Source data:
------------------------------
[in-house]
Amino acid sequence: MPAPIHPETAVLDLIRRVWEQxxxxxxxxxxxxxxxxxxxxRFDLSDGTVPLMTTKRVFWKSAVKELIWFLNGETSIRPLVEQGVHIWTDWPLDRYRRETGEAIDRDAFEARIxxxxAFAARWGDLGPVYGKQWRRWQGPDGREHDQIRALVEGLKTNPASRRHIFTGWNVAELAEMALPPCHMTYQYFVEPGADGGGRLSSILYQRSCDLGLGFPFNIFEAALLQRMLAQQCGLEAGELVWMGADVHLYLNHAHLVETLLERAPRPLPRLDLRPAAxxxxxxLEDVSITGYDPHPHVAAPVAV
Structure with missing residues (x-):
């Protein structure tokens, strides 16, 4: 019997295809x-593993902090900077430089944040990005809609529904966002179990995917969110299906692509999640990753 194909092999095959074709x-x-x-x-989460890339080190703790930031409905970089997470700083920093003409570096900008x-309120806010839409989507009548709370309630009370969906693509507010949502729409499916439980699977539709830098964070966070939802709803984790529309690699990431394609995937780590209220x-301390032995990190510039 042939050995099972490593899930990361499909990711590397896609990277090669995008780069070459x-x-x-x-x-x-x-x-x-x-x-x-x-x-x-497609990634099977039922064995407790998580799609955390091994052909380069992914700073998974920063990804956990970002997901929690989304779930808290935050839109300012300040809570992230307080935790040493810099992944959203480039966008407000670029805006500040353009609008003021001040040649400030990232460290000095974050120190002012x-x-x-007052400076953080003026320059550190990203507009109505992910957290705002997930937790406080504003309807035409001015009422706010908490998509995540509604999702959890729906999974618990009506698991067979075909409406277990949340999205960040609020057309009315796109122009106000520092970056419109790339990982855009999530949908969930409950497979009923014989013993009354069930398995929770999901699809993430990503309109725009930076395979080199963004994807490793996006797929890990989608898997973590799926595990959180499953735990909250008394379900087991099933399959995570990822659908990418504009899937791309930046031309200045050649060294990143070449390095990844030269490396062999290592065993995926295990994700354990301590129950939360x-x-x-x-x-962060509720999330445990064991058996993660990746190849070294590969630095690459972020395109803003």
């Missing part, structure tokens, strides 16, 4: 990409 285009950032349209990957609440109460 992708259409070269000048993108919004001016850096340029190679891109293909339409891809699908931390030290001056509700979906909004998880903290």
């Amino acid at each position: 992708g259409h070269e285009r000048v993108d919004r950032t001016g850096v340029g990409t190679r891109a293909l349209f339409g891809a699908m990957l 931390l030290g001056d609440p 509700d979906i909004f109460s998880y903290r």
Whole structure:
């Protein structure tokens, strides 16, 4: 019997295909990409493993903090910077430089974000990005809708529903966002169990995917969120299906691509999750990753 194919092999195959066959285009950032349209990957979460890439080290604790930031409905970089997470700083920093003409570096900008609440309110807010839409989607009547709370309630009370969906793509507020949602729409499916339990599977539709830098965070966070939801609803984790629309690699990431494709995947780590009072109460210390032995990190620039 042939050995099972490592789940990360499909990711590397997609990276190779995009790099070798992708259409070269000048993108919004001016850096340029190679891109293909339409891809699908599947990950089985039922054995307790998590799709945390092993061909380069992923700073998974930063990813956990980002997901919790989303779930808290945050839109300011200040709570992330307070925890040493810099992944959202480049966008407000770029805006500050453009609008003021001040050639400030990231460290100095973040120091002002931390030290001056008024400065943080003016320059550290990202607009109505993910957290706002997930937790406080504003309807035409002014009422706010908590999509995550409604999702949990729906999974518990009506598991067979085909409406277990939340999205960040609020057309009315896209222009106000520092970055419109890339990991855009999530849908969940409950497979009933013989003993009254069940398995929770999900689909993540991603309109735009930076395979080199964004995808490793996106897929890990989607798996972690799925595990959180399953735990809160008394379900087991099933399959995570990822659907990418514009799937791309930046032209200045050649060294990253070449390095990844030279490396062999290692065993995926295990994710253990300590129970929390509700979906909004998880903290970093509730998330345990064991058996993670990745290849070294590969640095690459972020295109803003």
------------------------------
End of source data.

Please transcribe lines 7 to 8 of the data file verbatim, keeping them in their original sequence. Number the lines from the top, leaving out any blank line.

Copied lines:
Whole structure:
């Protein structure tokens, strides 16, 4: 019997295909990409493993903090910077430089974000990005809708529903966002169990995917969120299906691509999750990753 194919092999195959066959285009950032349209990957979460890439080290604790930031409905970089997470700083920093003409570096900008609440309110807010839409989607009547709370309630009370969906793509507020949602729409499916339990599977539709830098965070966070939801609803984790629309690699990431494709995947780590009072109460210390032995990190620039 042939050995099972490592789940990360499909990711590397997609990276190779995009790099070798992708259409070269000048993108919004001016850096340029190679891109293909339409891809699908599947990950089985039922054995307790998590799709945390092993061909380069992923700073998974930063990813956990980002997901919790989303779930808290945050839109300011200040709570992330307070925890040493810099992944959202480049966008407000770029805006500050453009609008003021001040050639400030990231460290100095973040120091002002931390030290001056008024400065943080003016320059550290990202607009109505993910957290706002997930937790406080504003309807035409002014009422706010908590999509995550409604999702949990729906999974518990009506598991067979085909409406277990939340999205960040609020057309009315896209222009106000520092970055419109890339990991855009999530849908969940409950497979009933013989003993009254069940398995929770999900689909993540991603309109735009930076395979080199964004995808490793996106897929890990989607798996972690799925595990959180399953735990809160008394379900087991099933399959995570990822659907990418514009799937791309930046032209200045050649060294990253070449390095990844030279490396062999290692065993995926295990994710253990300590129970929390509700979906909004998880903290970093509730998330345990064991058996993670990745290849070294590969640095690459972020295109803003």